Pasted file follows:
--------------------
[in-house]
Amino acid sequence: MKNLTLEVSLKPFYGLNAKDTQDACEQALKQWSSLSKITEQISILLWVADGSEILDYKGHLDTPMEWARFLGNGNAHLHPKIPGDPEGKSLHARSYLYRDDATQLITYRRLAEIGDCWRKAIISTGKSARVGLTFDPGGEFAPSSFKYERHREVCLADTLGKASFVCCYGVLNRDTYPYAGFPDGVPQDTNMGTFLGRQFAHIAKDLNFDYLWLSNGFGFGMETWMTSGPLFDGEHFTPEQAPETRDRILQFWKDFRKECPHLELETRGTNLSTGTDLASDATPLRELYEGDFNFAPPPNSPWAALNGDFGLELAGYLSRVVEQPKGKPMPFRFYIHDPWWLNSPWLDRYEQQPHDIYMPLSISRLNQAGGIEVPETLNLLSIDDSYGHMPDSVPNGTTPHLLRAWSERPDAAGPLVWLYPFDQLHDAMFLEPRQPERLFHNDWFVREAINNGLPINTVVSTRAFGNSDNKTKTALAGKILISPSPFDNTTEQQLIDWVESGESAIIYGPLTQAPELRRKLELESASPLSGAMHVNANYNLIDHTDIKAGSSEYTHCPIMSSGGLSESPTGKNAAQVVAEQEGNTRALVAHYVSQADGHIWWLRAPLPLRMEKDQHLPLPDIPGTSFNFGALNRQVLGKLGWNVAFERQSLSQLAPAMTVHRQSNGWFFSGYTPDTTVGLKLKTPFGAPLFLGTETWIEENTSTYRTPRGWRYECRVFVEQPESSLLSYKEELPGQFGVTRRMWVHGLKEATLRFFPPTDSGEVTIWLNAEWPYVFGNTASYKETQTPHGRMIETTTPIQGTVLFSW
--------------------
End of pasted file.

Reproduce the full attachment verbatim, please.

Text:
[in-house]
Amino acid sequence: MKNLTLEVSLKPFYGLNAKDTQDACEQALKQWSSLSKITEQISILLWVADGSEILDYKGHLDTPMEWARFLGNGNAHLHPKIPGDPEGKSLHARSYLYRDDATQLITYRRLAEIGDCWRKAIISTGKSARVGLTFDPGGEFAPSSFKYERHREVCLADTLGKASFVCCYGVLNRDTYPYAGFPDGVPQDTNMGTFLGRQFAHIAKDLNFDYLWLSNGFGFGMETWMTSGPLFDGEHFTPEQAPETRDRILQFWKDFRKECPHLELETRGTNLSTGTDLASDATPLRELYEGDFNFAPPPNSPWAALNGDFGLELAGYLSRVVEQPKGKPMPFRFYIHDPWWLNSPWLDRYEQQPHDIYMPLSISRLNQAGGIEVPETLNLLSIDDSYGHMPDSVPNGTTPHLLRAWSERPDAAGPLVWLYPFDQLHDAMFLEPRQPERLFHNDWFVREAINNGLPINTVVSTRAFGNSDNKTKTALAGKILISPSPFDNTTEQQLIDWVESGESAIIYGPLTQAPELRRKLELESASPLSGAMHVNANYNLIDHTDIKAGSSEYTHCPIMSSGGLSESPTGKNAAQVVAEQEGNTRALVAHYVSQADGHIWWLRAPLPLRMEKDQHLPLPDIPGTSFNFGALNRQVLGKLGWNVAFERQSLSQLAPAMTVHRQSNGWFFSGYTPDTTVGLKLKTPFGAPLFLGTETWIEENTSTYRTPRGWRYECRVFVEQPESSLLSYKEELPGQFGVTRRMWVHGLKEATLRFFPPTDSGEVTIWLNAEWPYVFGNTASYKETQTPHGRMIETTTPIQGTVLFSW